Application Etiquette


When should and shouldn’t banks share a copy of a customer’s credit report?

By Mary Thorson Wright

Like a lighthouse beacon, an accurate and complete credit report slices a path through uncertain and unfamiliar ground and shows the community banker a picture of a loan applicant’s creditworthiness—his credit history, his account’s status and how his accounts have been handled. A credit report is, unquestionably, an essential risk evaluation tool.

However, misuse of a credit report can cause unneeded compliance problems.

When can a bank pull a credit report on a borrower? What is required of the entity using the report? When pulling a report, should the bank provide a copy to the applicant? Does it matter if the application was denied or approved for a loan?

To pull or not to pull …

The Fair Credit Reporting Act (FCRA) and Federal Regulation V lay out rules for when, and under what circumstances, it is permissible to obtain a credit report to evaluate an applicant’s or borrower’s creditworthiness. A credit report, also called a consumer report, may only be obtained for the permissible purposes described in Section 604 of the FCRA, including:

  • under written instructions of the consumer to whom the report relates; and
  • when the report will be used in connection with a credit transaction, or other legitimate business need for the information.

In addition, a permissible purpose also includes evaluations for employment, insurance underwriting, license eligibility, investment valuation and responses to court orders such as subpoenas or other authorized governmental offices or agencies.

When consumers apply for credit, they typically complete an application and authorize the bank to obtain credit information. However, a credit report also may be obtained to conduct a review of an account, prepare for account collection, or evaluate a loan where an individual is personally liable on business credit, including individuals who guarantee or cosign a business loan. It’s preferable to have a good audit trail to show the consumer’s authorization whenever possible, but when circumstances preclude getting the authorization, the bank may still proceed if it can show it has a legitimate business need for the information.

Section 1002.5 of Regulation B— Equal Credit Opportunity Act defines when information may be obtained about a credit applicant’s spouse. A bank may request a credit report for an applicant’s spouse if that spouse will be permitted to use the account or be contractually liable for the account, or if the applicant is relying on the spouse’s income as a basis for repayment of the credit. A bank also may request a credit report for an applicant’s spouse if:

  • state law requires it;
  • the applicant resides in a community property state (Alaska, Arizona, California, Idaho, Louisiana, Nevada, New Mexico, Texas, Washington and Wisconsin (only by opt-in arrangement);
  • the property that the applicant relies on as a basis for repayment of the credit is located in a community property state; or
  • the applicant is acting as the agent of the non-applicant spouse.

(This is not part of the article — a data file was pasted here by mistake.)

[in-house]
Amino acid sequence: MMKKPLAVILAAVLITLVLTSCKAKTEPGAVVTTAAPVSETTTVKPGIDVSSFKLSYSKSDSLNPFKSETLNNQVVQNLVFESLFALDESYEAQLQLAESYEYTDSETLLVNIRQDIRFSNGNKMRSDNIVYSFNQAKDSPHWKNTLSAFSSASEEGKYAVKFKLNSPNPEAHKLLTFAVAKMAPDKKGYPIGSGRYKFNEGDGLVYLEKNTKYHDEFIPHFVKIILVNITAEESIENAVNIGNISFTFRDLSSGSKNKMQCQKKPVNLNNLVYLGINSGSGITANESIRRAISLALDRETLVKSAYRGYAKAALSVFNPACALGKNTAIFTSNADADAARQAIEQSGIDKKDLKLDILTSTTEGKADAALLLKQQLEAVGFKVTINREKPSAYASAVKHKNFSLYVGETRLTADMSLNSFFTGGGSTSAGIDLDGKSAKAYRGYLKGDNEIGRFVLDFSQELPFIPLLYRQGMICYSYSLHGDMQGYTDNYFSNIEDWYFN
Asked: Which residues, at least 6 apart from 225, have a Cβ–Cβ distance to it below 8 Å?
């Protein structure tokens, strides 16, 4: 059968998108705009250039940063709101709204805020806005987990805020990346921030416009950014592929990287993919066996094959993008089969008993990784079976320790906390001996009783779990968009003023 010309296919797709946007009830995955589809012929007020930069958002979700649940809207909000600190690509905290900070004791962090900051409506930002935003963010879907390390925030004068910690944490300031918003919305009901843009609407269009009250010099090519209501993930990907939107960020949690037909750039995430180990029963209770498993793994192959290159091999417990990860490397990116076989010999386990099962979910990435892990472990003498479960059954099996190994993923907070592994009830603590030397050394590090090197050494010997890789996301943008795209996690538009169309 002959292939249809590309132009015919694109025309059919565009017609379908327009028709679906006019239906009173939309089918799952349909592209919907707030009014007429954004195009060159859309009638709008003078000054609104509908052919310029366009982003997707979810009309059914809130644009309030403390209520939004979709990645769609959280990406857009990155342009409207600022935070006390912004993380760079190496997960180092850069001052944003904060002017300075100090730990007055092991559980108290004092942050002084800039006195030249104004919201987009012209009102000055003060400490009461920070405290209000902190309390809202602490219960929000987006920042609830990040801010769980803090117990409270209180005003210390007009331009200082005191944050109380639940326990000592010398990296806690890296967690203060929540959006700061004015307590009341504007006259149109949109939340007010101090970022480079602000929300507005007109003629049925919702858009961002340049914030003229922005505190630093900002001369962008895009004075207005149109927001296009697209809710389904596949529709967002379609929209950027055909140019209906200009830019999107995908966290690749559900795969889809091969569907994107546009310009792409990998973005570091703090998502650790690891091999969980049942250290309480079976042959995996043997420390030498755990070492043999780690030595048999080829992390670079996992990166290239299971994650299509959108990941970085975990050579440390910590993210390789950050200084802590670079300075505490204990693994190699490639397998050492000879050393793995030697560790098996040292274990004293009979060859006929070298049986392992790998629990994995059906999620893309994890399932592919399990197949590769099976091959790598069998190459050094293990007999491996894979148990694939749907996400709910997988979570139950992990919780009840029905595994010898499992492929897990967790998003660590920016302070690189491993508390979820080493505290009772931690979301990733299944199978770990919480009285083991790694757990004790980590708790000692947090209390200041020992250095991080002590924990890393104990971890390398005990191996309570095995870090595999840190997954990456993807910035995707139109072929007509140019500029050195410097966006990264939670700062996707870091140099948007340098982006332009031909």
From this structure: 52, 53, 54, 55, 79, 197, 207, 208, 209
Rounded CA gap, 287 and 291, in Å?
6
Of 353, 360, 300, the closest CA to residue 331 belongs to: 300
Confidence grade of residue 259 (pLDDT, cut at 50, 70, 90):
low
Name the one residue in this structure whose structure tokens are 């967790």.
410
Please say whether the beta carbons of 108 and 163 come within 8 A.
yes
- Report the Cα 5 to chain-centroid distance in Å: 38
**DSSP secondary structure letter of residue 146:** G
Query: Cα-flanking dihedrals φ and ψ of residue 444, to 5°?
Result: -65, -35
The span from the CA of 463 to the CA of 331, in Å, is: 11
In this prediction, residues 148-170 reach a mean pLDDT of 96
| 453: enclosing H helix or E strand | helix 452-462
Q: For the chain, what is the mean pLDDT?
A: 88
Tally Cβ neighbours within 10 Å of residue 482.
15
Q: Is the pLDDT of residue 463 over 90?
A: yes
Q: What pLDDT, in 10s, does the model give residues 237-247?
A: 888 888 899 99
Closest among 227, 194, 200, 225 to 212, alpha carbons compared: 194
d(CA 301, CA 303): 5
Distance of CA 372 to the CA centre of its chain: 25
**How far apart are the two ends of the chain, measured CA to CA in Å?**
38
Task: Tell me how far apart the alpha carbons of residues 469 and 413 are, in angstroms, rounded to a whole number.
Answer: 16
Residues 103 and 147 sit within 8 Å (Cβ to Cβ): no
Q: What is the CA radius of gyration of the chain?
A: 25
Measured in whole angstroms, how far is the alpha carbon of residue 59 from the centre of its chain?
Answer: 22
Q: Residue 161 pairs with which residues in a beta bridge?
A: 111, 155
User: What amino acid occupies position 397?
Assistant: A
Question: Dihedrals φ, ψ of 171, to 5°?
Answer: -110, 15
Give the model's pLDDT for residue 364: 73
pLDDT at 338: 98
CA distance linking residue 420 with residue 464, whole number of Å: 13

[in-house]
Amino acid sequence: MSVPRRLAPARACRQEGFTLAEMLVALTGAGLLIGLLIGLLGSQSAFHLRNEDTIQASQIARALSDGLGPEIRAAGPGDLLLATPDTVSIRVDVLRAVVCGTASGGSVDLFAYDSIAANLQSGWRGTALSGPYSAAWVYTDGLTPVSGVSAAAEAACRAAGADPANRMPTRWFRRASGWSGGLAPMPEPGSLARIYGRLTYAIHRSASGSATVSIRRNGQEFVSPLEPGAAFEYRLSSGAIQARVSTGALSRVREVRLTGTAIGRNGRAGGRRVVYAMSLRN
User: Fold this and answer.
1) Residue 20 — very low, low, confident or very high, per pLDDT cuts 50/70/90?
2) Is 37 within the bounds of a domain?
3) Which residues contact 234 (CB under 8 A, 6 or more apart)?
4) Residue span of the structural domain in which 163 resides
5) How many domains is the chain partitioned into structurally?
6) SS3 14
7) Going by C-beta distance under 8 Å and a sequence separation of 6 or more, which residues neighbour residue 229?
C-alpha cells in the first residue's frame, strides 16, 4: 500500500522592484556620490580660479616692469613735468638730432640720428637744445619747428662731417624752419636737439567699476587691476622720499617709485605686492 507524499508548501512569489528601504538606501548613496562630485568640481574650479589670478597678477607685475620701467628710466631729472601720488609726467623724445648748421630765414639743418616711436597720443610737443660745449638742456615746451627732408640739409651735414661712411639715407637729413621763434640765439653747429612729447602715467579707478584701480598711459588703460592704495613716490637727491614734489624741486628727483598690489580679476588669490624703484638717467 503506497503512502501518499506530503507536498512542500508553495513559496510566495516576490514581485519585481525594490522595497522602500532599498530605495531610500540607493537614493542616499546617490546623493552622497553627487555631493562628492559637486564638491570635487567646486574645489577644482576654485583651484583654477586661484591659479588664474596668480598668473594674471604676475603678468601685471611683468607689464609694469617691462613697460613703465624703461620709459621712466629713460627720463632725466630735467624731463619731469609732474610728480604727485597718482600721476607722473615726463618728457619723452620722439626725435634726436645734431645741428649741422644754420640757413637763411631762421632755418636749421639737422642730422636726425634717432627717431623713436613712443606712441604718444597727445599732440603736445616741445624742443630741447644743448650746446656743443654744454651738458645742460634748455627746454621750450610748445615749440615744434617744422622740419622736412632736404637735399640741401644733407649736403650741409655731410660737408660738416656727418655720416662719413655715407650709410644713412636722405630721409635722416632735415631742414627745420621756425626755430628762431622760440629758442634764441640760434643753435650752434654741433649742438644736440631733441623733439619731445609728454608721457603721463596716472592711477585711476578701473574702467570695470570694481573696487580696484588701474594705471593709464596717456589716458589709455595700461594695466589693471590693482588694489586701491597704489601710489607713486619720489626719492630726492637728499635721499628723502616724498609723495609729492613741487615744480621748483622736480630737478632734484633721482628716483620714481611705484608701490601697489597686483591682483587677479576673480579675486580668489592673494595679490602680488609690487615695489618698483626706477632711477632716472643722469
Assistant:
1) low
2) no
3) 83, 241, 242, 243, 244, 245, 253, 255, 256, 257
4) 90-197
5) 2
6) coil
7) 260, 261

Sharing credit reports

A prospective bank relationship or denial of that relationship is often discussed face-to-face. When a consumer asks, can a loan officer disclose a customer’s credit score? Can the loan officer give the customer a copy of the credit report?

Under certain circumstances, such as a written credit denial, a bank may be required to disclose a credit score under the Fair and Accurate Credit Transactions Act’s credit score rules dealing with risk-based pricing. In some states, the bank may be required to provide a credit score, and each bank should check state law for this requirement.

As to whether a bank can provide a copy of a credit report directly to a consumer, §607(c) of the FCRA states that disclosure of consumer reports by users is allowed; however, there may be more good reasons to not provide the credit report directly to the consumer than the reasons to do it. Credit reports provided to financial institutions may contain codes or terms that would not be included in a report provided to the consumer from the credit reporting agency. To ensure consumers get the information afforded them under the law, it is better done by the credit agency and with the user-friendly reports they produce specifically for this purpose.

Under the FCRA, the credit agencies are responsible for maintaining and reporting the information in credit reports. The bank may have reported credit information about the consumer in the past, but it is likely that most or all of the information reflected on the credit report was reported by other entities. Because the bank employee who provides a credit report to a consumer really cannot respond to questions about information in the report, it’s better that the consumer obtains the report from the responsible credit agency. That also puts the consumer in touch with the credit agency that can initiate any corrective actions on erroneous data.

Evaluating the credit risk of a prospective or current customer is essential to safe and sound community banking. Doing so in a fully compliant manner is essential to effective compliance management.

Mary Thorson Wright, a former Federal Reserve managing examiner, is a financial writer in Virginia.